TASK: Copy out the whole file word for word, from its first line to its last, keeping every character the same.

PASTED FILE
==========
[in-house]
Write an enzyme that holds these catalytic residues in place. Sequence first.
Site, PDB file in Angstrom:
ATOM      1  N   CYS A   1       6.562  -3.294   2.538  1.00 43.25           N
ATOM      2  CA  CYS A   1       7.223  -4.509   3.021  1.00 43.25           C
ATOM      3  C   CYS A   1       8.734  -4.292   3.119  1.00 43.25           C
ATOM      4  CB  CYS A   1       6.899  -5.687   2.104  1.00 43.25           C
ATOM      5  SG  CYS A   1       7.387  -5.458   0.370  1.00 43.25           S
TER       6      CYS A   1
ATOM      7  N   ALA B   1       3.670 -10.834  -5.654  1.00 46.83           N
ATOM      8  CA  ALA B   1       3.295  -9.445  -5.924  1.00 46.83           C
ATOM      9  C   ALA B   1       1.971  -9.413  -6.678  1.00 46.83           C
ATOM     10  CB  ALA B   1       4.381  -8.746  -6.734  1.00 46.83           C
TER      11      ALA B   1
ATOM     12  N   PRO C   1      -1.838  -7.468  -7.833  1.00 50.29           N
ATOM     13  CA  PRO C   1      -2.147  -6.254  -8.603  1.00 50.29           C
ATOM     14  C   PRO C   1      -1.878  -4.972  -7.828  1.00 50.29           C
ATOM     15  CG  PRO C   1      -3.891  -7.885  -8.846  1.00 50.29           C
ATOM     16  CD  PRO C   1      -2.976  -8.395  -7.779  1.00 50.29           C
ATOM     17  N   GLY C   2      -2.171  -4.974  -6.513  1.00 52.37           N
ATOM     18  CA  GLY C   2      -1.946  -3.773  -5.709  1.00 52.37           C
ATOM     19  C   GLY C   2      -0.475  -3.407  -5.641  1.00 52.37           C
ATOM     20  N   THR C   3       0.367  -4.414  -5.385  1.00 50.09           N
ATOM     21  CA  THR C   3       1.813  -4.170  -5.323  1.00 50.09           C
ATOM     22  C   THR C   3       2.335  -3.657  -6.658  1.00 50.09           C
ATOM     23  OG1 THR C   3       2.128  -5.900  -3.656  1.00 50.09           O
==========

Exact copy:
[in-house]
Write an enzyme that holds these catalytic residues in place. Sequence first.
Site, PDB file in Angstrom:
ATOM      1  N   CYS A   1       6.562  -3.294   2.538  1.00 43.25           N
ATOM      2  CA  CYS A   1       7.223  -4.509   3.021  1.00 43.25           C
ATOM      3  C   CYS A   1       8.734  -4.292   3.119  1.00 43.25           C
ATOM      4  CB  CYS A   1       6.899  -5.687   2.104  1.00 43.25           C
ATOM      5  SG  CYS A   1       7.387  -5.458   0.370  1.00 43.25           S
TER       6      CYS A   1
ATOM      7  N   ALA B   1       3.670 -10.834  -5.654  1.00 46.83           N
ATOM      8  CA  ALA B   1       3.295  -9.445  -5.924  1.00 46.83           C
ATOM      9  C   ALA B   1       1.971  -9.413  -6.678  1.00 46.83           C
ATOM     10  CB  ALA B   1       4.381  -8.746  -6.734  1.00 46.83           C
TER      11      ALA B   1
ATOM     12  N   PRO C   1      -1.838  -7.468  -7.833  1.00 50.29           N
ATOM     13  CA  PRO C   1      -2.147  -6.254  -8.603  1.00 50.29           C
ATOM     14  C   PRO C   1      -1.878  -4.972  -7.828  1.00 50.29           C
ATOM     15  CG  PRO C   1      -3.891  -7.885  -8.846  1.00 50.29           C
ATOM     16  CD  PRO C   1      -2.976  -8.395  -7.779  1.00 50.29           C
ATOM     17  N   GLY C   2      -2.171  -4.974  -6.513  1.00 52.37           N
ATOM     18  CA  GLY C   2      -1.946  -3.773  -5.709  1.00 52.37           C
ATOM     19  C   GLY C   2      -0.475  -3.407  -5.641  1.00 52.37           C
ATOM     20  N   THR C   3       0.367  -4.414  -5.385  1.00 50.09           N
ATOM     21  CA  THR C   3       1.813  -4.170  -5.323  1.00 50.09           C
ATOM     22  C   THR C   3       2.335  -3.657  -6.658  1.00 50.09           C
ATOM     23  OG1 THR C   3       2.128  -5.900  -3.656  1.00 50.09           O